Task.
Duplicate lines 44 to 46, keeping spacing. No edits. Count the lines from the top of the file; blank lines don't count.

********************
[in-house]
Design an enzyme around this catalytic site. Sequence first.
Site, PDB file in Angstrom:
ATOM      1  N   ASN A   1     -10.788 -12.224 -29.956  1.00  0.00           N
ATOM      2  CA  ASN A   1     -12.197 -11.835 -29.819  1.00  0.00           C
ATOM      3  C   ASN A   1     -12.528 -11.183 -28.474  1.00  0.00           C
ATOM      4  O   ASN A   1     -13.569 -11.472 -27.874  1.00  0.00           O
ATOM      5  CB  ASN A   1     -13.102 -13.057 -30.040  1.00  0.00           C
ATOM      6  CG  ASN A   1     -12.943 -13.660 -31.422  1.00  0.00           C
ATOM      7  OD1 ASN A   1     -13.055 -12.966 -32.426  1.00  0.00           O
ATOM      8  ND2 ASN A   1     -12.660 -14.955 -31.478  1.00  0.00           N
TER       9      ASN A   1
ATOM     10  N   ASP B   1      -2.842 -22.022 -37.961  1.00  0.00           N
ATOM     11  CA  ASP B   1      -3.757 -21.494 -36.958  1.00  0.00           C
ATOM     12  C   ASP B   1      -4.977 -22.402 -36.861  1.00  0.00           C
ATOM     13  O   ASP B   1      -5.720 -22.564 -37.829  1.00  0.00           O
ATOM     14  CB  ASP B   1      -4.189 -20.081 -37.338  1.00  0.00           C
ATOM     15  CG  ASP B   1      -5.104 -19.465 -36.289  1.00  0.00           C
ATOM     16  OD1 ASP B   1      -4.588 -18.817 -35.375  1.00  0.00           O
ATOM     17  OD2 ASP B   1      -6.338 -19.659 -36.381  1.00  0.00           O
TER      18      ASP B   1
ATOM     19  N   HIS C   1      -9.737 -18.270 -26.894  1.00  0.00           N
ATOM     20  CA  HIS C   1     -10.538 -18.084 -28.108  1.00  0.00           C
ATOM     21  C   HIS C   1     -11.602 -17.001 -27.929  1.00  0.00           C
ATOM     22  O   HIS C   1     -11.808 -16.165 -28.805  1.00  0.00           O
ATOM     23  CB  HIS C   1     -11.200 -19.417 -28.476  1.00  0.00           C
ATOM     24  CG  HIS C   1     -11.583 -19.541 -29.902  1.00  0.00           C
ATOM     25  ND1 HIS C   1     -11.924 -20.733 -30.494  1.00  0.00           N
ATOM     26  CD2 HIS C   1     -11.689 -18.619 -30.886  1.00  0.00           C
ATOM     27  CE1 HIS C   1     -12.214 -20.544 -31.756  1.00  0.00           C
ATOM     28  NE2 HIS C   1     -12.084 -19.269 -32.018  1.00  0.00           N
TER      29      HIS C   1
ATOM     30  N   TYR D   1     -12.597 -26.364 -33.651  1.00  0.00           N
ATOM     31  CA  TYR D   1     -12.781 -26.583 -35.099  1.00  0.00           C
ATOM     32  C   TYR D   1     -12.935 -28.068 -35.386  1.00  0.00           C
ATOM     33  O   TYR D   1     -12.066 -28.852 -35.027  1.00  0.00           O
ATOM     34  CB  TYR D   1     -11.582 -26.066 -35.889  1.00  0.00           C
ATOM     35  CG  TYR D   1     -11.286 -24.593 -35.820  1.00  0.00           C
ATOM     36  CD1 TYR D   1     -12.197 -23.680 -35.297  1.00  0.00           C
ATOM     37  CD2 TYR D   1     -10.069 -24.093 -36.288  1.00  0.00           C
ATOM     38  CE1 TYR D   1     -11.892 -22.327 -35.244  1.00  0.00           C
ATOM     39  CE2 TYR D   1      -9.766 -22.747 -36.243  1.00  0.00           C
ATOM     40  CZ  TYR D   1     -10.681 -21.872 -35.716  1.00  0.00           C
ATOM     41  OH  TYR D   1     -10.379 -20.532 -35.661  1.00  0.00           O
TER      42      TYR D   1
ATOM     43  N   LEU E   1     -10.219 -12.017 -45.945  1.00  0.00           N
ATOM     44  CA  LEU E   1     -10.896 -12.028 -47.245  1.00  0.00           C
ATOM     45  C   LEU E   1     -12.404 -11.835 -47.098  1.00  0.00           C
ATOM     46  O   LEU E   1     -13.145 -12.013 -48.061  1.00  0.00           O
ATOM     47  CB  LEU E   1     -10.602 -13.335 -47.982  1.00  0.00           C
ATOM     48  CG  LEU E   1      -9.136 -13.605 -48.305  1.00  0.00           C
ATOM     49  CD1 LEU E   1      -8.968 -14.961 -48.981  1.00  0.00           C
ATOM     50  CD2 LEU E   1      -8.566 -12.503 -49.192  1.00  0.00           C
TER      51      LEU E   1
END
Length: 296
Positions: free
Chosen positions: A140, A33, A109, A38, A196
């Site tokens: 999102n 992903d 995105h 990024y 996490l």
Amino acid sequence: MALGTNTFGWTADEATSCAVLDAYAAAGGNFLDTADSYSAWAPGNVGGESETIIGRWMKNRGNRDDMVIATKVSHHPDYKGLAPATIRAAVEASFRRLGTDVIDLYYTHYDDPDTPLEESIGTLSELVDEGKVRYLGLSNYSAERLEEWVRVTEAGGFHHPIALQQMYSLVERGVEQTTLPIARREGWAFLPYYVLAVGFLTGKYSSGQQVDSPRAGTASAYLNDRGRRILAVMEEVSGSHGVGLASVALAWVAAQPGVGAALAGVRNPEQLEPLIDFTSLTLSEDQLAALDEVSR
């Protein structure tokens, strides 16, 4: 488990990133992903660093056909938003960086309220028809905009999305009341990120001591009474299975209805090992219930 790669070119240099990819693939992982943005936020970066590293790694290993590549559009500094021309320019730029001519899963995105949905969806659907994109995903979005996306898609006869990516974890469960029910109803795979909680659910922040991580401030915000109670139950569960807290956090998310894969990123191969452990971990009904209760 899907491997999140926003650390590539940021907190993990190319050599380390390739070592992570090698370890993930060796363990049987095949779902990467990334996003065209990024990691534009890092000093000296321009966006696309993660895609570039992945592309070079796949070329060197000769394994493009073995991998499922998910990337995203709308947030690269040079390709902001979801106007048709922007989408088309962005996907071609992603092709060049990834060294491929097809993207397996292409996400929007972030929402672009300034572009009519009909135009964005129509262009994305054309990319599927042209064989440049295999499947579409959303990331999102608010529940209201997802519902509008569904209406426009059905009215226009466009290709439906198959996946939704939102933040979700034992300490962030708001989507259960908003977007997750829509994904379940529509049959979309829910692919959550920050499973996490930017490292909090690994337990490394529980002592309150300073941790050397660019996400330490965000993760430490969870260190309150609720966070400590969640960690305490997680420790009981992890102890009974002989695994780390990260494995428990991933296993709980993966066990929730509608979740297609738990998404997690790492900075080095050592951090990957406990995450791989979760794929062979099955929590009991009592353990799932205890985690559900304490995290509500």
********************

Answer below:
ATOM     41  OH  TYR D   1     -10.379 -20.532 -35.661  1.00  0.00           O
TER      42      TYR D   1
ATOM     43  N   LEU E   1     -10.219 -12.017 -45.945  1.00  0.00           N